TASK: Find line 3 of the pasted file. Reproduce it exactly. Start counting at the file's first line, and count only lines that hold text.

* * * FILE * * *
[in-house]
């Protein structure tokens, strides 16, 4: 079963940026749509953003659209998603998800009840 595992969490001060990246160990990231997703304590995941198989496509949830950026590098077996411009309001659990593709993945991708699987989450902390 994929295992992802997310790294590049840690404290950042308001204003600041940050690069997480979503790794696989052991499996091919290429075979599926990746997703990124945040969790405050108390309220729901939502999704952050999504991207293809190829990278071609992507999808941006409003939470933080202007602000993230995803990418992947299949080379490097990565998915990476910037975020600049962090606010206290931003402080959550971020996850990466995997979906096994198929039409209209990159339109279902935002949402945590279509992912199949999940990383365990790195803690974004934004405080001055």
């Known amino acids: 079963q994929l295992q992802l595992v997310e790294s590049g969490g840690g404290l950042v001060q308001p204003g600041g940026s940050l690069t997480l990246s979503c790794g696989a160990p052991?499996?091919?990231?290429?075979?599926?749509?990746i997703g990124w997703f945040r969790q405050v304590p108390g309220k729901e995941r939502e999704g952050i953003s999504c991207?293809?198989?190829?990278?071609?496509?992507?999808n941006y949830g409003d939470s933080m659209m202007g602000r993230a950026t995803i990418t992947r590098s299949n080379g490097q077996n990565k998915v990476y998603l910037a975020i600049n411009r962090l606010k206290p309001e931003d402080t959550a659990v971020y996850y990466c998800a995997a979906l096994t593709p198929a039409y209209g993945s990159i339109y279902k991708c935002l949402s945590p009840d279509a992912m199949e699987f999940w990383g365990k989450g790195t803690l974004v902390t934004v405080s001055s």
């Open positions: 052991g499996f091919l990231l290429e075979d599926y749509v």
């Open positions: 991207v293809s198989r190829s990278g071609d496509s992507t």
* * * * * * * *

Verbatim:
């Known amino acids: 079963q994929l295992q992802l595992v997310e790294s590049g969490g840690g404290l950042v001060q308001p204003g600041g940026s940050l690069t997480l990246s979503c790794g696989a160990p052991?499996?091919?990231?290429?075979?599926?749509?990746i997703g990124w997703f945040r969790q405050v304590p108390g309220k729901e995941r939502e999704g952050i953003s999504c991207?293809?198989?190829?990278?071609?496509?992507?999808n941006y949830g409003d939470s933080m659209m202007g602000r993230a950026t995803i990418t992947r590098s299949n080379g490097q077996n990565k998915v990476y998603l910037a975020i600049n411009r962090l606010k206290p309001e931003d402080t959550a659990v971020y996850y990466c998800a995997a979906l096994t593709p198929a039409y209209g993945s990159i339109y279902k991708c935002l949402s945590p009840d279509a992912m199949e699987f999940w990383g365990k989450g790195t803690l974004v902390t934004v405080s001055s």